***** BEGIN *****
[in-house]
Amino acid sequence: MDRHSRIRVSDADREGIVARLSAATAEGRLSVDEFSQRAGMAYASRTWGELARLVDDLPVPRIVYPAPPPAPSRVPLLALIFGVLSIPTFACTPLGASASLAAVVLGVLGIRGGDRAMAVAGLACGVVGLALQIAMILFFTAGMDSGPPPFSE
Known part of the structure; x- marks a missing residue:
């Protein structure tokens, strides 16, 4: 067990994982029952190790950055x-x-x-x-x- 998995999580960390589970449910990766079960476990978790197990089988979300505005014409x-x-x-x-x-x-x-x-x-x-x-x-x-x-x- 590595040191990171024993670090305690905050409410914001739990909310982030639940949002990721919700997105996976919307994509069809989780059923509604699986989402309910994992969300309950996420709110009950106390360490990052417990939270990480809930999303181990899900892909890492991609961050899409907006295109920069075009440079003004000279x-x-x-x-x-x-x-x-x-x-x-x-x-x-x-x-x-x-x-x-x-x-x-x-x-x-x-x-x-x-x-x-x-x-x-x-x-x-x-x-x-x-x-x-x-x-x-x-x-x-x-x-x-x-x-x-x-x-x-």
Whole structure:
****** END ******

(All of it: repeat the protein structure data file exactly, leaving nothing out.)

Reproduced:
[in-house]
Amino acid sequence: MDRHSRIRVSDADREGIVARLSAATAEGRLSVDEFSQRAGMAYASRTWGELARLVDDLPVPRIVYPAPPPAPSRVPLLALIFGVLSIPTFACTPLGASASLAAVVLGVLGIRGGDRAMAVAGLACGVVGLALQIAMILFFTAGMDSGPPPFSE
Known part of the structure; x- marks a missing residue:
């Protein structure tokens, strides 16, 4: 067990994982029952190790950055x-x-x-x-x- 998995999580960390589970449910990766079960476990978790197990089988979300505005014409x-x-x-x-x-x-x-x-x-x-x-x-x-x-x- 590595040191990171024993670090305690905050409410914001739990909310982030639940949002990721919700997105996976919307994509069809989780059923509604699986989402309910994992969300309950996420709110009950106390360490990052417990939270990480809930999303181990899900892909890492991609961050899409907006295109920069075009440079003004000279x-x-x-x-x-x-x-x-x-x-x-x-x-x-x-x-x-x-x-x-x-x-x-x-x-x-x-x-x-x-x-x-x-x-x-x-x-x-x-x-x-x-x-x-x-x-x-x-x-x-x-x-x-x-x-x-x-x-x-």
Whole structure: